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How to keep calm in critical situations?

After ten years of working under great stress, Paul Hill developed a strategy and mental exercises that helped him overcome stress. It all started in 2001, when he saved the entire crew of the International Space Station from certain death due to a malfunction on the Discovery space shuttle.

Countless times, people, driven by emotions, first make a wrong assessment, and then, based on it, make steps that make the situation even more difficult. In addition to moving away from the right solution, people don’t even know how to do even more damage! This man is aware of that, and he has compiled strategies and mental exercises that keep us “on the right path”.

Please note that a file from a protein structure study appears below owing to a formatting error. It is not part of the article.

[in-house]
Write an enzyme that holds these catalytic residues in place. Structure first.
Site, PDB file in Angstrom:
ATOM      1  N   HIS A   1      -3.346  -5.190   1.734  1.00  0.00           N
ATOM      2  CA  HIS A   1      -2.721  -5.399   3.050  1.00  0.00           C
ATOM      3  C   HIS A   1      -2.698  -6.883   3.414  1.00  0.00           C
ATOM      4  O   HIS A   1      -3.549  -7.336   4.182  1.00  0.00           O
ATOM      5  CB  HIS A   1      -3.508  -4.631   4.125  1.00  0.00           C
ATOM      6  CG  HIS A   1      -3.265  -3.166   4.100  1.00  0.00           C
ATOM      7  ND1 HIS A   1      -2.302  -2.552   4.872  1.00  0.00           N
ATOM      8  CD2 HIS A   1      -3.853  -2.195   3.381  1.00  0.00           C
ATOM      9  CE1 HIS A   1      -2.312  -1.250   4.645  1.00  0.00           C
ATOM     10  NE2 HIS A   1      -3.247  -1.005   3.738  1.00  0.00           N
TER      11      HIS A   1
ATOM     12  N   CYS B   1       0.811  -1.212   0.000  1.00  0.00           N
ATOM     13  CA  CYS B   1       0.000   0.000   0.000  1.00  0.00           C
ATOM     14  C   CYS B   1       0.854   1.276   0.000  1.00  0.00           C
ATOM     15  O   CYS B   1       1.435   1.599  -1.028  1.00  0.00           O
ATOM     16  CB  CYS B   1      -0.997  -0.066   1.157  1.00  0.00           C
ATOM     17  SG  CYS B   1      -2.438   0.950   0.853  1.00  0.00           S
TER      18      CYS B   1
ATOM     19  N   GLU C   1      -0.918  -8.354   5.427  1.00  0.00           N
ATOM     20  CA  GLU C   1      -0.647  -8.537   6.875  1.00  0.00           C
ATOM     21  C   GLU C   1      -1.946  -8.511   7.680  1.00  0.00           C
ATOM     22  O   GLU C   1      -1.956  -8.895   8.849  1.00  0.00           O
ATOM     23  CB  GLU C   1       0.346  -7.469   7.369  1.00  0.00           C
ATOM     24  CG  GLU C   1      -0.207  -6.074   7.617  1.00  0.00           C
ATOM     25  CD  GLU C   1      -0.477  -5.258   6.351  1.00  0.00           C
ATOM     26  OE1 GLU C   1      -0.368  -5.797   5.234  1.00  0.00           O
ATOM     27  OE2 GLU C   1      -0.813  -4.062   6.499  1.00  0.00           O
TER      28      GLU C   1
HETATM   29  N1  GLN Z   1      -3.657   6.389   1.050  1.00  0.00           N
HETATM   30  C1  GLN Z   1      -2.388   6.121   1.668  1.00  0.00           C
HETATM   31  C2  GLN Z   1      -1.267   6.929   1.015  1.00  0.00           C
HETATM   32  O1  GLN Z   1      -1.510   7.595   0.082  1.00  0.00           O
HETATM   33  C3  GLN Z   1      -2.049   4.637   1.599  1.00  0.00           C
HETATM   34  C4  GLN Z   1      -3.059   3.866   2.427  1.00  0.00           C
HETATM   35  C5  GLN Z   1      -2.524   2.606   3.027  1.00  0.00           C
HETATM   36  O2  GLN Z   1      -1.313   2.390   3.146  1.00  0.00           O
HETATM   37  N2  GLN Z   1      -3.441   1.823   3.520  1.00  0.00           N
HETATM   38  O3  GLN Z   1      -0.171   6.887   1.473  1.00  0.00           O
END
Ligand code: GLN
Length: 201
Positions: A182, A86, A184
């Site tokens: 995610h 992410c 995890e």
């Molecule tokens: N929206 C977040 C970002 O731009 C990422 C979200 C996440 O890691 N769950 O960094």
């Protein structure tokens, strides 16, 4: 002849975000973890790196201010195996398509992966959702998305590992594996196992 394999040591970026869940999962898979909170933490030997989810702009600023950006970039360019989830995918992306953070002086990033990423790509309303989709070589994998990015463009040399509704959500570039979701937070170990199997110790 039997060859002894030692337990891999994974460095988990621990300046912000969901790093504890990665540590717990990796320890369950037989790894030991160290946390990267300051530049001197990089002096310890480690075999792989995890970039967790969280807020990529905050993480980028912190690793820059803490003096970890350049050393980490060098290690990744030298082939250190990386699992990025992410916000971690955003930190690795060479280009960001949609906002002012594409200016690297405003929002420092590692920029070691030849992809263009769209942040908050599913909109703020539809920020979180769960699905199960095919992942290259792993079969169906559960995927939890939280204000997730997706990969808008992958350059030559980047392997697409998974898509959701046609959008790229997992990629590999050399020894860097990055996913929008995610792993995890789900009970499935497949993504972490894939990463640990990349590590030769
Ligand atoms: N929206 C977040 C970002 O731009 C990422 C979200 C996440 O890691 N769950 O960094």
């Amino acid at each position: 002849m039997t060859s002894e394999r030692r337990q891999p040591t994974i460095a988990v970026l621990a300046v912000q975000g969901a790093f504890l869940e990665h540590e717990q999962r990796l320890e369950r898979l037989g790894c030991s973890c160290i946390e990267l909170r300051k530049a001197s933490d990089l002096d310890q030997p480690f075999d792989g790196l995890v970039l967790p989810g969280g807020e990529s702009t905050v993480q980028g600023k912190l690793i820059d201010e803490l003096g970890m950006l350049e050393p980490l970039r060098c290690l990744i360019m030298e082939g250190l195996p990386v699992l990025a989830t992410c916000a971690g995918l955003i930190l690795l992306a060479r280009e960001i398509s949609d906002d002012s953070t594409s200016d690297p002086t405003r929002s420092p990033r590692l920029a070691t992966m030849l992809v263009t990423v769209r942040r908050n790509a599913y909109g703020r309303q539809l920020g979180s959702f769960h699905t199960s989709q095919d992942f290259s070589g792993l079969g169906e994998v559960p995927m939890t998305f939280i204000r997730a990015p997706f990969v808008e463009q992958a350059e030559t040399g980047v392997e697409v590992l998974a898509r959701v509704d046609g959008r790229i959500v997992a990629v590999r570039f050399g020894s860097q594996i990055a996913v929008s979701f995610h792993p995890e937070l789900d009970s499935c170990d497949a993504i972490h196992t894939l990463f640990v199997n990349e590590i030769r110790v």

The most important thing, of course, is to approach the problem calmly. It all starts with a quality analysis of available data and good mutual communication. Thus, it was established that there was more moisture in the aircraft than it should, so it was concluded that the problem was with the cooling system.

The secret lies here

These are concrete examples from practice, which are still used today when there are problems with flight control.

Does the team have enough information and how can I get it?
What do the data so far say about the critical situation?
Which data are known and which data are not known?
What is the worst that could happen?
What are the steps we can take that are safe for the participants?

Hill also states that, if we happen again in the problems we have already been in, we should remember the way we solved the situation last time, and not act hastily. We can always panic, but sometimes it is too late to find out a certain piece of information or to react. So, it is better to focus on knowledge and analysis, because if panic is the first reaction, it can be fatal.

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